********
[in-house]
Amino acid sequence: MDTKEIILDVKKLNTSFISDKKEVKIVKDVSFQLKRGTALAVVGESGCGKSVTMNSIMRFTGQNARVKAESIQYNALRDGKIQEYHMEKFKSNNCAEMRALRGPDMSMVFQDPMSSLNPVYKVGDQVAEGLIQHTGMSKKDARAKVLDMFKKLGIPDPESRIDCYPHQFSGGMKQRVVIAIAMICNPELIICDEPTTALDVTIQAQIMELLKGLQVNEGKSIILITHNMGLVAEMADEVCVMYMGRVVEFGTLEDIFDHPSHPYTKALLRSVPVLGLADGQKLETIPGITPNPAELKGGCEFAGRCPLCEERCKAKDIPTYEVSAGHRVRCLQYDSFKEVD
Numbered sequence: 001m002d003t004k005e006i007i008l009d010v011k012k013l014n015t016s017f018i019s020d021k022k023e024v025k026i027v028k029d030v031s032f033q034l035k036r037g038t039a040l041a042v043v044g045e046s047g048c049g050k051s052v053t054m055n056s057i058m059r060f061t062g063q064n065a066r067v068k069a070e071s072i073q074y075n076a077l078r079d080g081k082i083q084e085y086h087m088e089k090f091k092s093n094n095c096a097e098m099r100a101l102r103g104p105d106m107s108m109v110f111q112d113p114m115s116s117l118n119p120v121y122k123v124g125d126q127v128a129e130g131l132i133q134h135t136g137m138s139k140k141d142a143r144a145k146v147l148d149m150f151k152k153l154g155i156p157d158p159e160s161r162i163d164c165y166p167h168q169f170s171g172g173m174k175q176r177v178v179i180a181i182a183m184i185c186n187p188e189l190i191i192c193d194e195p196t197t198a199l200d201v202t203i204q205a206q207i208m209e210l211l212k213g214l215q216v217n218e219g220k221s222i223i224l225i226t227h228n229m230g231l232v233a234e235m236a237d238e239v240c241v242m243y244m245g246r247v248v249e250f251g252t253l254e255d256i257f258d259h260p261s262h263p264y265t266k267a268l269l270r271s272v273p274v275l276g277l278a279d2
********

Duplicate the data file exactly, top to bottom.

[in-house]
Amino acid sequence: MDTKEIILDVKKLNTSFISDKKEVKIVKDVSFQLKRGTALAVVGESGCGKSVTMNSIMRFTGQNARVKAESIQYNALRDGKIQEYHMEKFKSNNCAEMRALRGPDMSMVFQDPMSSLNPVYKVGDQVAEGLIQHTGMSKKDARAKVLDMFKKLGIPDPESRIDCYPHQFSGGMKQRVVIAIAMICNPELIICDEPTTALDVTIQAQIMELLKGLQVNEGKSIILITHNMGLVAEMADEVCVMYMGRVVEFGTLEDIFDHPSHPYTKALLRSVPVLGLADGQKLETIPGITPNPAELKGGCEFAGRCPLCEERCKAKDIPTYEVSAGHRVRCLQYDSFKEVD
Numbered sequence: 001m002d003t004k005e006i007i008l009d010v011k012k013l014n015t016s017f018i019s020d021k022k023e024v025k026i027v028k029d030v031s032f033q034l035k036r037g038t039a040l041a042v043v044g045e046s047g048c049g050k051s052v053t054m055n056s057i058m059r060f061t062g063q064n065a066r067v068k069a070e071s072i073q074y075n076a077l078r079d080g081k082i083q084e085y086h087m088e089k090f091k092s093n094n095c096a097e098m099r100a101l102r103g104p105d106m107s108m109v110f111q112d113p114m115s116s117l118n119p120v121y122k123v124g125d126q127v128a129e130g131l132i133q134h135t136g137m138s139k140k141d142a143r144a145k146v147l148d149m150f151k152k153l154g155i156p157d158p159e160s161r162i163d164c165y166p167h168q169f170s171g172g173m174k175q176r177v178v179i180a181i182a183m184i185c186n187p188e189l190i191i192c193d194e195p196t197t198a199l200d201v202t203i204q205a206q207i208m209e210l211l212k213g214l215q216v217n218e219g220k221s222i223i224l225i226t227h228n229m230g231l232v233a234e235m236a237d238e239v240c241v242m243y244m245g246r247v248v249e250f251g252t253l254e255d256i257f258d259h260p261s262h263p264y265t266k267a268l269l270r271s272v273p274v275l276g277l278a279d2